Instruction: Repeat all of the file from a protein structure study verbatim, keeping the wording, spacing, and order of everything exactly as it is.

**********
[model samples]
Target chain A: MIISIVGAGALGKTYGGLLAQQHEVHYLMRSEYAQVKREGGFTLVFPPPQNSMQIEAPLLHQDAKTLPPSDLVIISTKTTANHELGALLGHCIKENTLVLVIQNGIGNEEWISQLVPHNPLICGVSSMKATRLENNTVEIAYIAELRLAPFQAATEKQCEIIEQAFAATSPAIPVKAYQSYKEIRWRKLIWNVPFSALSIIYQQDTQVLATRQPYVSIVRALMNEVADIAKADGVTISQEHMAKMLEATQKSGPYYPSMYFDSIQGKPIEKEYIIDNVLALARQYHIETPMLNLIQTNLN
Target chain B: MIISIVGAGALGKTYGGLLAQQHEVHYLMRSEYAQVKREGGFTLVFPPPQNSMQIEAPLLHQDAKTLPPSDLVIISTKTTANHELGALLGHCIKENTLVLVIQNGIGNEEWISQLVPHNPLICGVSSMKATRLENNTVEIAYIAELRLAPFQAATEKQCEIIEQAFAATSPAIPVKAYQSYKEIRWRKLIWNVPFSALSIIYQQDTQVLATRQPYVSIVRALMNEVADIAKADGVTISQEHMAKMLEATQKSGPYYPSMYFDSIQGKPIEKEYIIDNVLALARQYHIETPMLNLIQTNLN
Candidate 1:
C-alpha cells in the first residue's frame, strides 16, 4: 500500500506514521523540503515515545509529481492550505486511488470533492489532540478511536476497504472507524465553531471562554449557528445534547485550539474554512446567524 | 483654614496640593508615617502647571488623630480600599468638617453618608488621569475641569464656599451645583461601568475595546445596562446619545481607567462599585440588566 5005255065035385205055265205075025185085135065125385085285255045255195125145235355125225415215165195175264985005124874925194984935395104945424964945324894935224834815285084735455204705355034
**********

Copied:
[model samples]
Target chain A: MIISIVGAGALGKTYGGLLAQQHEVHYLMRSEYAQVKREGGFTLVFPPPQNSMQIEAPLLHQDAKTLPPSDLVIISTKTTANHELGALLGHCIKENTLVLVIQNGIGNEEWISQLVPHNPLICGVSSMKATRLENNTVEIAYIAELRLAPFQAATEKQCEIIEQAFAATSPAIPVKAYQSYKEIRWRKLIWNVPFSALSIIYQQDTQVLATRQPYVSIVRALMNEVADIAKADGVTISQEHMAKMLEATQKSGPYYPSMYFDSIQGKPIEKEYIIDNVLALARQYHIETPMLNLIQTNLN
Target chain B: MIISIVGAGALGKTYGGLLAQQHEVHYLMRSEYAQVKREGGFTLVFPPPQNSMQIEAPLLHQDAKTLPPSDLVIISTKTTANHELGALLGHCIKENTLVLVIQNGIGNEEWISQLVPHNPLICGVSSMKATRLENNTVEIAYIAELRLAPFQAATEKQCEIIEQAFAATSPAIPVKAYQSYKEIRWRKLIWNVPFSALSIIYQQDTQVLATRQPYVSIVRALMNEVADIAKADGVTISQEHMAKMLEATQKSGPYYPSMYFDSIQGKPIEKEYIIDNVLALARQYHIETPMLNLIQTNLN
Candidate 1:
C-alpha cells in the first residue's frame, strides 16, 4: 500500500506514521523540503515515545509529481492550505486511488470533492489532540478511536476497504472507524465553531471562554449557528445534547485550539474554512446567524 | 483654614496640593508615617502647571488623630480600599468638617453618608488621569475641569464656599451645583461601568475595546445596562446619545481607567462599585440588566 5005255065035385205055265205075025185085135065125385085285255045255195125145235355125225415215165195175264985005124874925194984935395104945424964945324894935224834815285084735455204705355034